[Types-sig] method binding

Edward Welbourne Edward Welbourne <eddyw@lsl.co.uk>
Tue, 8 Dec 1998 19:06:25 GMT

> 2. Objects can delegate attribute fetching to __bases__ objects in almost
> the same way current classes do, except that the fetched attribute is not
> processed or hooked in any way (eg. you get raw functions instead of
> methods).

No `except ...' clause.  Not `almost': exactly.

class A:
	def fred(self): pass
class B(A): pass

B.fred isn't processed or hooked in any way, it just used the B->A bases
link.  It is exactly the same entity as A.fred.  It is not
	lambda *args: apply(A.fred, (B,) + args)

By contrest, after

b = B()

b.fred is munged, but that's because the lookup went via the b->B class link.

> 3. Objects can also delegate attribute fetching to __classes__ objects, or
> more specifically, to their __getinstattr__ functions.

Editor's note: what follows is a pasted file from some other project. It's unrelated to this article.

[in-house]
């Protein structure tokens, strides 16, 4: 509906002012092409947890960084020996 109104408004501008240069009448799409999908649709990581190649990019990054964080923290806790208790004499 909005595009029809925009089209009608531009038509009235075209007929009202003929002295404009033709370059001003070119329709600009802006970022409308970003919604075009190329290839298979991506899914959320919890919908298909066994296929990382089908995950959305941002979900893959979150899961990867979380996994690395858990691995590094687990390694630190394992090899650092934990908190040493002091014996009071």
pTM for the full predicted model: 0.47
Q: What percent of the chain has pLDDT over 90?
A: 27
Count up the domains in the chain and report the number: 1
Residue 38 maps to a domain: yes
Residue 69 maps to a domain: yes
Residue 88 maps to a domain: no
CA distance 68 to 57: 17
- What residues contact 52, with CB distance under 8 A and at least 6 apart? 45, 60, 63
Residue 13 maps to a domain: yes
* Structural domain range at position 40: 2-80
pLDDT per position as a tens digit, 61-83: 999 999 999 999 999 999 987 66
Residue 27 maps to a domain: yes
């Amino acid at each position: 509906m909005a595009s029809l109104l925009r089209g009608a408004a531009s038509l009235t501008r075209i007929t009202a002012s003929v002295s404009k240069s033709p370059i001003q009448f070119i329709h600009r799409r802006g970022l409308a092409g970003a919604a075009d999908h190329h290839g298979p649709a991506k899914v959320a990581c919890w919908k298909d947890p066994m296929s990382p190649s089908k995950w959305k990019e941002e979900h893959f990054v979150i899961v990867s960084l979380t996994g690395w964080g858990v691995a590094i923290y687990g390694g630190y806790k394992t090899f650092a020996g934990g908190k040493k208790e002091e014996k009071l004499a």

That specific is important.  It would probably make sense to replace the
__classes__ list I involved with the list of __getinstattr__ callables.
Of course, these could be bound methods (enabling them to access the
namespace of whoever they're bound to, typically what we used to think
of as a class).

> This, on the other hand, would break everything.


> How do you spell something which acts like classes do now?
Just the way we do at present, I'd reckon.

> How do you obtain an 'instance' from this 'class'?

sorry, I missed part of the definition of

class Class:
	# stuff from before ignored

	def __call__(self, *args):
		# need builtin newobject function of course
		result = newobject()
		# result.__fetchers__ = (self.__getinstattr__,)
		result.__classes__ = (self,)
		try: meth = getattr(self, '__init__')
		except AttributeError: pass
		else: apply(meth, (result,) + args)
		return result

Anything subclassed from that base will then behave just like the sorts
of classes we're used to.  I imagine.

> How do you choose to treat an object as a class when handling it
> directly (not through delegation from an 'instance')?

I haven't understood this question.
So the following may be off topic.

`to treat an object as a class' is simply to have it in one's __classes__
list: there is no other sense in which one treats anything as a class.

> I'm confused, but interested.
Oh good: I've done something useful today ;^>